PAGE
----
Does Fiction Need Philosophy?
American writers rarely seem to have any formal philosophical training, wrote David Joiner to me recently (I am paraphrasing). Reading Flanagan’s biography of Yukio Mishima, he had been struck by how strongly and consistently the Japanese novelist’s work had been infused with his ideas, which amounted to a coherent philosophy concerning beauty, purity, and honour. Joiner, who is himself an accomplished novelist (Lotusland, Guernica Books, 2015), speculated that all great fiction probably has an underpinning of philosophy. Since I had been thinking along similar lines myself, and have in particular been considering the free will vs. determinism problem and how fiction writers deal with it, I have been gnawing away at this idea, and this essay is an attempt to relate my conclusions, or at any rate the questions I have posed myself.
First of all, is it true that American fiction lacks the philosophical foundations of the literatures of other cultures? My immediate reaction was a gut impression: that American literary fiction, like American humour, is focussed on the emotions, and is less intellectual than British or European fiction. That wouldn’t necessarily make it inferior. The emotional life of human beings, in all their bewildering complexity, would seem to be as ripe a subject for fiction, and perhaps a riper one, than their intellectual life, which can hardly be considered deeper, in the case of most people. But is it even true? Poe is obsessed with intense and repressed emotions. That would seem to be true of Melville too. There’s a mystical current in Moby Dick, but that’s not necessarily the fruit of a coherent philosophy. Rather it seems an attempt to describe the ineffable and perhaps the unknowable—a spiritually valid exercise, but not really a logical response to the deepest philosophical questions. With Hawthorne, Twain, James, Hemingway, Fitzgerald, Faulkner and Steinbeck there are plenty of ethical concerns (as indeed there are with Poe and Melville) and of course Ethics has been one of the principal branches of philosophy since Socrates. All of these novelists interrogate the prevailing values of their societies and their characters have to decide whether to conform to them or not. And yet in few of them, if any, does one see evidence of systematic philosophical enquiry. I’m not suggesting that that is the natural province of the novelist, but it’s certainly worth pausing to consider whether philosophical knowledge might have been beneficial to the fiction. I am guessing here, since I don’t know enough about the education of most American writers to be able to state whether they had philosophical training or not. One imagines that Henry James did, or at least had read fairly widely in the discipline, since his brother William was one of the most important philosophers of his day.
It strikes me that all these classic American novelists, and for that matter their successors too, did have at least an implicit philosophy, whether they had consciously pondered it or not, and that was that human beings have free will, and therefore are responsible and accountable for their actions. This is the belief that underlies western legal systems, after all, and it might be argued that fiction would be very dull without it. If people are playthings of the gods, fate, or whatever, how interesting can their actions be? Still, it’s my impression that most of these novelists have not seriously examined the problem, even though some of them must at least have had a passing acquaintance with Nietzsche and some of the later ones with the French existentialists, particularly Camus. It might be said, indeed, that twentieth century fiction laboured under an existentialist flag, whether consciously or not. (And existentialism is above all an ethical philosophy, I would argue, though less so with Heidegger.)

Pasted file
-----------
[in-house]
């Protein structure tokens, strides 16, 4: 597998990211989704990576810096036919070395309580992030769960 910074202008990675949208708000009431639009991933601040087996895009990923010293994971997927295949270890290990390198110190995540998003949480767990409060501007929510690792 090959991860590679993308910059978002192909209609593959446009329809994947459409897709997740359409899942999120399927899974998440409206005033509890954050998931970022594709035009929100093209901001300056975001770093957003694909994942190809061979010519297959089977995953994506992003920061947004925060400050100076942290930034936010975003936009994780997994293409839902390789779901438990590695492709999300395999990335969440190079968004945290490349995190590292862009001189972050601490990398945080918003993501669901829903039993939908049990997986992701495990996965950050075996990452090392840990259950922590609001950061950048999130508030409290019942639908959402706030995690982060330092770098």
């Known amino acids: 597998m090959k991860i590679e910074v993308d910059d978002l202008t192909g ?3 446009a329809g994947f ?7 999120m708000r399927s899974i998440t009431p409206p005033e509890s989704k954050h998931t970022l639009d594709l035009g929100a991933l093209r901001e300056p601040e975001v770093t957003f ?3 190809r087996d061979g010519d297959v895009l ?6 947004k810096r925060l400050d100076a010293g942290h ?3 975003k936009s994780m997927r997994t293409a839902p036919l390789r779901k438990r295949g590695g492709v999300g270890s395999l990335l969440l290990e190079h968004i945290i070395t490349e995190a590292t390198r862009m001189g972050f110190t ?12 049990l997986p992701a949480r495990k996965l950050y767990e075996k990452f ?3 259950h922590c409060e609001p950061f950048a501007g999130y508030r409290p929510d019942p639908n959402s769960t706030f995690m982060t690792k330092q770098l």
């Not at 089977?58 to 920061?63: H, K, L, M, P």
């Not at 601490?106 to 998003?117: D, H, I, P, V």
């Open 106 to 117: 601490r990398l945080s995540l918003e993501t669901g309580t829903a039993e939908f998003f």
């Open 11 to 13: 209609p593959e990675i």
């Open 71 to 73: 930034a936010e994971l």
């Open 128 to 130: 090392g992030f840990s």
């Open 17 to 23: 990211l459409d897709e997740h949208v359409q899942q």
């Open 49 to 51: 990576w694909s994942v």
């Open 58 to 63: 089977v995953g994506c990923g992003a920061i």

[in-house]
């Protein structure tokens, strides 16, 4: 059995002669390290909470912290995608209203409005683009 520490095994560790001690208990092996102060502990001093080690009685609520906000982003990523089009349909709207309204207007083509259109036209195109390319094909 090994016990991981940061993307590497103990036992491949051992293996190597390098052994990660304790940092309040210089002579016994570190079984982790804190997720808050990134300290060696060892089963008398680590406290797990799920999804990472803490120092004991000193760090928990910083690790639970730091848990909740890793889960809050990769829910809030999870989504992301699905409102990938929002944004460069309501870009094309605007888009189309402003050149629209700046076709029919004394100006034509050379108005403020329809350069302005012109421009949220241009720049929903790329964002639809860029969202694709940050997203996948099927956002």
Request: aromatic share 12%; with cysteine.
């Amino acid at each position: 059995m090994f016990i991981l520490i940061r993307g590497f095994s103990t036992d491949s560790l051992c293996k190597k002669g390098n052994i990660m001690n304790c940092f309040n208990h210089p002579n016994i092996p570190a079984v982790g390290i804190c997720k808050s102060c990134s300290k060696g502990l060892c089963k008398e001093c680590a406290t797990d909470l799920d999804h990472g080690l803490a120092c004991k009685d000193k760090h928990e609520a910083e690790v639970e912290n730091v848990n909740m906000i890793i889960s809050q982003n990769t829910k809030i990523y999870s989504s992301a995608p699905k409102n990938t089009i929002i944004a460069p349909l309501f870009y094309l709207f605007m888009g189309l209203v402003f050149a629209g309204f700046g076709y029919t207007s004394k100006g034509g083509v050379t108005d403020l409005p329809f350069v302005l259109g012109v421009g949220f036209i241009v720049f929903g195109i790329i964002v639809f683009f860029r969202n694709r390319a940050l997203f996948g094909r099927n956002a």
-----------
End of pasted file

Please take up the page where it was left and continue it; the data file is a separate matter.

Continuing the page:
If I am right, and American fiction has largely assumed the existence of free will, and declined to deeply delve into other metaphysical issues, is this an exclusively American phenomenon? Is British fiction, for instance, any different?
One can find plenty of British novelists whose concerns are largely ethical, and equally implicitly reliant on a belief in free will. Austen, Dickens, George Eliot, Conrad and Forster would seem to fall under this category. Hardy is an interesting exception: he shows his characters as helpless victims of fate, particularly in the later novels, from Tess of the Durbervilles onwards, although I’m not convinced that his fatalistic thinking was all that profound; rather it springs, apparently, from a pessimistic temperament. Still, there are other interesting cases of British novelists who do have a philosophy, however unoriginal or second-rate. (And I don’t mean this pejoratively. It would not be fair to expect a novelist to also be a first-rate philosopher. It’s been said of Herman Hesse that as a thinker he is second-rate, but never less than that.) Lawrence, for example, is clearly influenced by Nietzsche, and develops a philosophy of obedience to nature and instinct. Graham Greene’s Catholicism is apparent in all his work, as it is in Flannery O’Connor’s, and both the Englishman and the American woman very subtly explore the ethical and indeed theological quandaries of their characters—in Greene’s case, often very consciously (Scobie in The Heart of the Matter, for instance, or the whisky priest in The Power and the Glory), O’Connor’s usually unconsciously. On the other hand, it strikes me that British novelists are not obviously much more influenced by formal philosophy than their American counterparts.